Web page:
On Rest in Power: The Trayvon Martin Story & Memoirs on the Movement for Black Lives

I’ve been reading some of the beautiful and important memoirs of the Movement for Black Lives that are forthcoming from Black feminists like Barbara Ransby & Charlene Carruthers as well as screening Rest in Power: The Trayvon Martin story, which begins airing tonight on the Paramount Network, since the end of June. I wrote about the docuseries, as well as the books, for the Village Voice:

“They say that time heals all wounds. It does not,” observes Sybrina Fulton, Trayvon Martin’s mother, in Rest in Power: The Trayvon Martin Story. “Had the tragedy not been so public, I probably would have taken more time to grieve, but I wasn’t given that type of privilege.”

The six-part documentary series, produced by Jay-Z and the Cinemart, begins and ends as it should, with the murdered seventeen-year-old’s parents. Over the course of subsequent episodes, the audience hears a series of 911 calls from Martin’s killer, George Zimmerman, the aspiring police officer who became neighborhood watch captain in his previously exclusive gated community in part to live out a racist vigilante fantasy.

Rest in Power establishes a pattern of behavior from Zimmerman: He calls the cops so frequently on Black children who moved to his neighborhood after the 2008 economic crisis that dispatchers know his voice and refer to him by his first name.  Yet, as the series documents, it still took more than forty days, not to mention the intervention of media-savvy civil rights attorney Benjamin Crump, for Zimmerman to be arrested and charged with Martin’s fatal shooting, and to get the killing reported in context by the media.

Martin’s death was the first real major convergence of race and policing in President Barack Obama’s presidency after the euphoria of post-racial liberalism had worn off. In Rest in Power, we see Obama graying at a rapid pace, weary, saying that if he had a son, his son “would look like Trayvon.” He doubles down and says that, put another way, he could have been Trayvon Martin when he was younger. As author Mychal Denzel Smith puts it in an interview, it becomes clear that there will always be more Trayvon Martins than Barack Obamas.

Rest in Power captures this monumental moment in American resistance with moving detail, showing scenes from protests around the country. And forthcoming soon are some additional invaluable histories of this period that provide a broader picture of the modern articulation of Black protest and mobilization in response to racist and vigilante violence.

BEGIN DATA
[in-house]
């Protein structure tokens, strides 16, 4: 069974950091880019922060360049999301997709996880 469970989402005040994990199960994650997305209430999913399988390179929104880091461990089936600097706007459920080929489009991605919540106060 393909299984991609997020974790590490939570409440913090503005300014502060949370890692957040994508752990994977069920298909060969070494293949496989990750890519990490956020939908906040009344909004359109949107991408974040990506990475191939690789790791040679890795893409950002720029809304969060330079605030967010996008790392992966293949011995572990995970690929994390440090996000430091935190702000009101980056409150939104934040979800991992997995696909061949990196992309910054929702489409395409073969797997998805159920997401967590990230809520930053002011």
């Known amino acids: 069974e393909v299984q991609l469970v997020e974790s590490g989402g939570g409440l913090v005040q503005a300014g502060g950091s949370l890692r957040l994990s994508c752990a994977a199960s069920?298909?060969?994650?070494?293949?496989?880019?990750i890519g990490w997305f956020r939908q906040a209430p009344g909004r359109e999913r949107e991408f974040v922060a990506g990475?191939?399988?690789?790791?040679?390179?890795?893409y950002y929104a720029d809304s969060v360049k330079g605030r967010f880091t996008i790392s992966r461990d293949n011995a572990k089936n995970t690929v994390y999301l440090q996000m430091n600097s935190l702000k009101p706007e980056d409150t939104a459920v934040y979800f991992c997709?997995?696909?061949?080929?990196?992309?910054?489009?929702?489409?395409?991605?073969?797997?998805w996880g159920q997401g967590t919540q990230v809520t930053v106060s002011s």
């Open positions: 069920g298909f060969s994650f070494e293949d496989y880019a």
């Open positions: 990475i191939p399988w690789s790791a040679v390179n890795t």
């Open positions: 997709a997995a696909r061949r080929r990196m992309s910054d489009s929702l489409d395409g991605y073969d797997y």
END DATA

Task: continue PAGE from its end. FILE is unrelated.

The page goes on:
These books are particularly remarkable because all too often, the narratives of resistance that do exist are positioned as though cisgender heterosexual men have always been at the forefront. As these works demonstrate, Black women have been the unsung architects of many of these protest movements — and they have only recently started to get their due.

Indeed, as we see the signs of hate rising all around us today, it becomes clear that Black women tried to warn us. Khan-Cullors notes this in When They Call You a Terrorist, writing on how she and her co-founders of Black Lives Matter as a movement were nearly erased from early reporting: “Despite it being a part of the historical record that it is always women who do the work, even as men get the praise — it takes a long time for us to occur to most reporters in the mainstream. Living in patriarchy means that the default inclination is to center men and their voices, not women and their work.”

That is true both for how she situates the BLM founders in relation to Martin’s case and for how she writes about the uprising in Ferguson, Missouri, after unarmed teen Michael Brown’s shooting by police officer Darren Wilson. In a chapter dedicated to activism in Ferguson, Ransby profiles Black feminist organizers, including Darnell Moore, Kayla Reed, Brittany Ferrell, Alexis Templeton, and Jamala Rogers.

“When I suggest that the movement is a Black feminist-led movement, I am not asserting that there was no opposition and contestation over leadership, or that everyone involved subscribed to feminist views,” Ransby writes. “Nevertheless, when we listen carefully, we realize that the most coherent, consistent, and resolute political voices to emerge over the years since 2012 have been Black feminist voices, or Black feminist-influenced voices.”

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About Joshunda Sanders

Novelist, Educator. Rep'd by Serendipity Lit. @JoshundaSanders on Twitter | @joshunda on IG.